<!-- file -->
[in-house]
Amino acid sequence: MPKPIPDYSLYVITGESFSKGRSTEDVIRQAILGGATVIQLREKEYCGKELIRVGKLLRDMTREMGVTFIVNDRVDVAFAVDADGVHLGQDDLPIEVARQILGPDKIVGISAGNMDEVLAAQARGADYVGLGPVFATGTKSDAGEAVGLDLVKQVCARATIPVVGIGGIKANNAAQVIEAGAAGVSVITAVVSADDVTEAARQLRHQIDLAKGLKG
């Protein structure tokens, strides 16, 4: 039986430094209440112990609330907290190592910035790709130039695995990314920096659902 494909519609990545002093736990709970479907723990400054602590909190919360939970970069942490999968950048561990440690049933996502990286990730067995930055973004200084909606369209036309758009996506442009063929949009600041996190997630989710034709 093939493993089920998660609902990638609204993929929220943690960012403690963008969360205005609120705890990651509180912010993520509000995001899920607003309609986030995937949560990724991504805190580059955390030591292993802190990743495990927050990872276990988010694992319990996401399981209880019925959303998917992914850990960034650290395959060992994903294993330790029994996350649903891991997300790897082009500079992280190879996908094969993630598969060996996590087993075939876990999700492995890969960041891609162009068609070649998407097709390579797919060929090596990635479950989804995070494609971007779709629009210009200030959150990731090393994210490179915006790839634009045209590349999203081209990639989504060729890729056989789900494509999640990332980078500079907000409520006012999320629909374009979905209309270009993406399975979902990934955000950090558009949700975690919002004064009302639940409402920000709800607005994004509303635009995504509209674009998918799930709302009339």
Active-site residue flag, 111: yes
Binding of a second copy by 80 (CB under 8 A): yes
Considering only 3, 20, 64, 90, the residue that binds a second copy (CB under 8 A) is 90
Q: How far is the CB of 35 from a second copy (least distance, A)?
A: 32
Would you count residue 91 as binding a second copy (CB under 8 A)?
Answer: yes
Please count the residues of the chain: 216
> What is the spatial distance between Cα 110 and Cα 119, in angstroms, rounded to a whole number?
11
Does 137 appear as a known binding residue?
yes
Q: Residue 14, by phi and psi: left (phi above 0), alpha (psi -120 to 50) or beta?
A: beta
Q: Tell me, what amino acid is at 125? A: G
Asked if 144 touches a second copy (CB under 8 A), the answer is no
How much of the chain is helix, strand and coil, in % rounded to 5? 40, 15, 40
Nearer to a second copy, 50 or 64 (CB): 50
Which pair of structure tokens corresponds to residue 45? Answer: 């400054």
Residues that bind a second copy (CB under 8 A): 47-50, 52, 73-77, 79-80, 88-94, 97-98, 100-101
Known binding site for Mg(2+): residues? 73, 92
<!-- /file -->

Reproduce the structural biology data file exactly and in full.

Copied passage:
[in-house]
Amino acid sequence: MPKPIPDYSLYVITGESFSKGRSTEDVIRQAILGGATVIQLREKEYCGKELIRVGKLLRDMTREMGVTFIVNDRVDVAFAVDADGVHLGQDDLPIEVARQILGPDKIVGISAGNMDEVLAAQARGADYVGLGPVFATGTKSDAGEAVGLDLVKQVCARATIPVVGIGGIKANNAAQVIEAGAAGVSVITAVVSADDVTEAARQLRHQIDLAKGLKG
């Protein structure tokens, strides 16, 4: 039986430094209440112990609330907290190592910035790709130039695995990314920096659902 494909519609990545002093736990709970479907723990400054602590909190919360939970970069942490999968950048561990440690049933996502990286990730067995930055973004200084909606369209036309758009996506442009063929949009600041996190997630989710034709 093939493993089920998660609902990638609204993929929220943690960012403690963008969360205005609120705890990651509180912010993520509000995001899920607003309609986030995937949560990724991504805190580059955390030591292993802190990743495990927050990872276990988010694992319990996401399981209880019925959303998917992914850990960034650290395959060992994903294993330790029994996350649903891991997300790897082009500079992280190879996908094969993630598969060996996590087993075939876990999700492995890969960041891609162009068609070649998407097709390579797919060929090596990635479950989804995070494609971007779709629009210009200030959150990731090393994210490179915006790839634009045209590349999203081209990639989504060729890729056989789900494509999640990332980078500079907000409520006012999320629909374009979905209309270009993406399975979902990934955000950090558009949700975690919002004064009302639940409402920000709800607005994004509303635009995504509209674009998918799930709302009339």
Active-site residue flag, 111: yes
Binding of a second copy by 80 (CB under 8 A): yes
Considering only 3, 20, 64, 90, the residue that binds a second copy (CB under 8 A) is 90
Q: How far is the CB of 35 from a second copy (least distance, A)?
A: 32
Would you count residue 91 as binding a second copy (CB under 8 A)?
Answer: yes
Please count the residues of the chain: 216
> What is the spatial distance between Cα 110 and Cα 119, in angstroms, rounded to a whole number?
11
Does 137 appear as a known binding residue?
yes
Q: Residue 14, by phi and psi: left (phi above 0), alpha (psi -120 to 50) or beta?
A: beta
Q: Tell me, what amino acid is at 125? A: G
Asked if 144 touches a second copy (CB under 8 A), the answer is no
How much of the chain is helix, strand and coil, in % rounded to 5? 40, 15, 40
Nearer to a second copy, 50 or 64 (CB): 50
Which pair of structure tokens corresponds to residue 45? Answer: 């400054």
Residues that bind a second copy (CB under 8 A): 47-50, 52, 73-77, 79-80, 88-94, 97-98, 100-101
Known binding site for Mg(2+): residues? 73, 92